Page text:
THE WHITE HOUSE
Office of the Press Secretary
January 28, 2014
Remarks of President Barack Obama – As Prepared for Delivery
State of the Union Address
Tuesday, January 28, 2014
Congress passed a bill that will fund the federal government through the end of FY14 (September 30, 2014). This agreement provides some relief to our nation's federally funded science agencies, but the Coalition for the...
Dr. Charles Sawyers
Memorial Sloan-Kettering Cancer Center
Dr. Sawyers discusses his research on acquired resistance to cancer treatments. Acquired resistance occurs when the disease relapses, during treatment, after an initial positive response to the treatment. His research focused on patients with chronic myeloid leukemia (CML) who relapsed on the drug Gleevec. He found that those who relapse on Gleevec usually have a mutation or amplification of the BCR-ABL gene that prevents Gleevec from functioning properly.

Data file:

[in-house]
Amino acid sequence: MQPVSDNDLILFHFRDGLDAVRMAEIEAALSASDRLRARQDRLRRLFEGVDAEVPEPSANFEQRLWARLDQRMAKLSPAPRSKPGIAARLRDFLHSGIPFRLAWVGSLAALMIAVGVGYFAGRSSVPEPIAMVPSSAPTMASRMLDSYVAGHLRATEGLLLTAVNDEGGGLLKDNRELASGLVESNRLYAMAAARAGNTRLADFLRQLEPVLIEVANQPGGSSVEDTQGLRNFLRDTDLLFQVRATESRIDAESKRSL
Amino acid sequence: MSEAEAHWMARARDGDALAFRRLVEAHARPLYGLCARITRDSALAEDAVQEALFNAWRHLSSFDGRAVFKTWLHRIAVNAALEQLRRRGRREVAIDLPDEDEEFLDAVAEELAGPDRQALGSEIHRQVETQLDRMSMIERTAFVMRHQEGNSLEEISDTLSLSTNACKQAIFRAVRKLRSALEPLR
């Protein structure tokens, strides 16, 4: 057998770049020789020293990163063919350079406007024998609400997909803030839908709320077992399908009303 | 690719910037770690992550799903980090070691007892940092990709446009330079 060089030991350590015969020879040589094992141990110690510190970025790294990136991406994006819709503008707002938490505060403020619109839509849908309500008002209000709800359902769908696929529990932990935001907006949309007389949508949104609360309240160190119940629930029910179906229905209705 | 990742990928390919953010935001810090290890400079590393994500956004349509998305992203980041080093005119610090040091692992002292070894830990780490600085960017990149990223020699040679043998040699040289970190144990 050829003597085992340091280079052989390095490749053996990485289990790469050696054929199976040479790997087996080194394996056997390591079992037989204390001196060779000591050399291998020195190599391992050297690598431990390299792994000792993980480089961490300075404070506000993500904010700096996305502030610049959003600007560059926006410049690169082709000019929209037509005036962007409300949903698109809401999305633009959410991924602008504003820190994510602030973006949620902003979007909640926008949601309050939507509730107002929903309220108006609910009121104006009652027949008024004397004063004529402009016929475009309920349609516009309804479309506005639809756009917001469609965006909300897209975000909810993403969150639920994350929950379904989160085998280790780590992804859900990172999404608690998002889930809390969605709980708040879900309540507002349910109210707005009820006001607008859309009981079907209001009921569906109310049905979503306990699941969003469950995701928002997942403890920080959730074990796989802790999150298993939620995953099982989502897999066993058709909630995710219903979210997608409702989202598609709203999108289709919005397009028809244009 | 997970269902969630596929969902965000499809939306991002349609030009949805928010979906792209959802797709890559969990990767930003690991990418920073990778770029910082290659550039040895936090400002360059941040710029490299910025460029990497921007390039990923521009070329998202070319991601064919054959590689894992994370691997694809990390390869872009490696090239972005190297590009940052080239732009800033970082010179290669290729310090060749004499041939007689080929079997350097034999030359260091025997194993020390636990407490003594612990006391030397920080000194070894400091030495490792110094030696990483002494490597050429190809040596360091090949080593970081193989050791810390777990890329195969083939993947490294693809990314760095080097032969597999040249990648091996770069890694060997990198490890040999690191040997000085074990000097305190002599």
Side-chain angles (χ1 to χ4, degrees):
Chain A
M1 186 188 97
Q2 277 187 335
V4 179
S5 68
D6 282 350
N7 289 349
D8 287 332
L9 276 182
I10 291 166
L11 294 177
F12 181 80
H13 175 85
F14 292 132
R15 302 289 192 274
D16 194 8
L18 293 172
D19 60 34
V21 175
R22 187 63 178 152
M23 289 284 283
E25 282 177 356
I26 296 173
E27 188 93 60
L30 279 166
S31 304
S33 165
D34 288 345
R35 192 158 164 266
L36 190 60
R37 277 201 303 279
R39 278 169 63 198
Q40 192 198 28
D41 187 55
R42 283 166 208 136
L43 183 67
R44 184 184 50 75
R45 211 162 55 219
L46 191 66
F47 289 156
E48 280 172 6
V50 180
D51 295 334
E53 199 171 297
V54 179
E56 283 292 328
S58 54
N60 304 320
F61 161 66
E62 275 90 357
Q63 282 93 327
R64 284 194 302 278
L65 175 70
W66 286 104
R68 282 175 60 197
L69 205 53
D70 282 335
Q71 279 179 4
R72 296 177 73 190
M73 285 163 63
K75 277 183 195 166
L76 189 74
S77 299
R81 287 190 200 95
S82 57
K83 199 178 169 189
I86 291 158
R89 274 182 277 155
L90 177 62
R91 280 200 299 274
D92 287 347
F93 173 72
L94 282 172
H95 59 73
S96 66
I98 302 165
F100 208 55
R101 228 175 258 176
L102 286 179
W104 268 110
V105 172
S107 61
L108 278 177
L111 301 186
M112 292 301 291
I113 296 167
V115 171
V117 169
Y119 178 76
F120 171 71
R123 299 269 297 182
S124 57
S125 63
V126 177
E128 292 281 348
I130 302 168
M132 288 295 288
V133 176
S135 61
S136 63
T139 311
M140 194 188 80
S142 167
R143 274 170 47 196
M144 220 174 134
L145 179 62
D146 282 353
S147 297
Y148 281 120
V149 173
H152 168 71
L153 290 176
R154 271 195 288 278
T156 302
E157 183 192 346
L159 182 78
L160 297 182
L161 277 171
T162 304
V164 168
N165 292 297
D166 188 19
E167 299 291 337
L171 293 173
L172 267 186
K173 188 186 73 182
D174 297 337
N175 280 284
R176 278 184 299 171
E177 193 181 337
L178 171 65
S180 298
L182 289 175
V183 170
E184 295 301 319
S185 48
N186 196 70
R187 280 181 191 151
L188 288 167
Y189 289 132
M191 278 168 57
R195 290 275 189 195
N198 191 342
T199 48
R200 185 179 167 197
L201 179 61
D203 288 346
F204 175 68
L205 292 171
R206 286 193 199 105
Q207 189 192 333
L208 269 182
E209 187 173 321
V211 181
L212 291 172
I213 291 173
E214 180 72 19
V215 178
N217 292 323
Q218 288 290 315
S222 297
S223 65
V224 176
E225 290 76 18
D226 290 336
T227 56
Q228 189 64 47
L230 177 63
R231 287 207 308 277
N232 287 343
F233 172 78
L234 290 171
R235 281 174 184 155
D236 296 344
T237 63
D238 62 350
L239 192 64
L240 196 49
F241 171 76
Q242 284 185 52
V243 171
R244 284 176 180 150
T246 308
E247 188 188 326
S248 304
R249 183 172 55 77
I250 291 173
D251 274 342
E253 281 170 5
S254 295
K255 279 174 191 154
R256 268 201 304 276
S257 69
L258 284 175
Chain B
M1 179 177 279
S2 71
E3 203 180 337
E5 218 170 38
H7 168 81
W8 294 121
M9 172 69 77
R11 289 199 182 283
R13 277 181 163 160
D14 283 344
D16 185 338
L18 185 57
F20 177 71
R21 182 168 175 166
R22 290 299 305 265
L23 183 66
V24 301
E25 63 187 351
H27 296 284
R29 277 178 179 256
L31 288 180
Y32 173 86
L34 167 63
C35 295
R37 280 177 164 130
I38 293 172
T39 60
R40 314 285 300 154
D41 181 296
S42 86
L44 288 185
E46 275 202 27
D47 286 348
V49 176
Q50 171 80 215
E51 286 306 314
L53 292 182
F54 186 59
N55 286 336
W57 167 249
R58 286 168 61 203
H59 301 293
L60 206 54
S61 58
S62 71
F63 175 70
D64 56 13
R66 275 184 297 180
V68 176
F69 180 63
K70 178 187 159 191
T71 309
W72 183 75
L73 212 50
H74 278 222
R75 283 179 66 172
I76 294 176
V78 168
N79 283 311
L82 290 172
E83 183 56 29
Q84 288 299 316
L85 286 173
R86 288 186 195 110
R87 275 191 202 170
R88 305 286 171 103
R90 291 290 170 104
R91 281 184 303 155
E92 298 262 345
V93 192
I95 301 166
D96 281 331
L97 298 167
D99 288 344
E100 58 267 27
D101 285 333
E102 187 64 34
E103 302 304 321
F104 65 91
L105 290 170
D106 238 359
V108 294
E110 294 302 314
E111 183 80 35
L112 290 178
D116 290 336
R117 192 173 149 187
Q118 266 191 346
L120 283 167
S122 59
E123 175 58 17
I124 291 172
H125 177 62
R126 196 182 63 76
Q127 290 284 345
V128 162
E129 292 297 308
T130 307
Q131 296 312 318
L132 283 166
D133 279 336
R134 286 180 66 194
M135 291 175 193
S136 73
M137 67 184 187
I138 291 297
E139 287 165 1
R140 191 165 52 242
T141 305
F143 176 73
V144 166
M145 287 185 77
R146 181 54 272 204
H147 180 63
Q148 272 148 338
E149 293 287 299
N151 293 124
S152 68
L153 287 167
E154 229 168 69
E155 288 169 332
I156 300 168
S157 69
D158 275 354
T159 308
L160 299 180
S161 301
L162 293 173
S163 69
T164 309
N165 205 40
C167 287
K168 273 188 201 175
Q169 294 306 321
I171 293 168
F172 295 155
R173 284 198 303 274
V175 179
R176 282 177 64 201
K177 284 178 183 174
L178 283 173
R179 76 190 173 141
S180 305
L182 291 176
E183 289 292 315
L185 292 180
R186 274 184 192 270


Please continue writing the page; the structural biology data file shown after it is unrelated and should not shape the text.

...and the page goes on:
Dr. Sawyers and others in the field discovered that inhibitors with different binding characteristics might be effective in treating CML despite Gleevec-resistant BCR-ABLE mutations. Dr. Sawyers' research contributed to the development of a new treatment option: Sprycel (dasatinib). Dasatinib was approved for Gleevec-resistant CML patients just five years after the approval of Gleevec! Dasatinib was shown to be effective against all but one of the commonly occurring BCR-ABL mutations.
Dr. Sawyers shares his vision of the not-too-distant future, when physicians will be able to offer patients a pill containing a cocktail of BCR-ABL inhibitors effective against all common mutations of the enzyme; this will dramatically reduce the likelihood of drug resistance for CML patients, and, as research suggests, could even benefit patients suffering from lung and prostate cancers.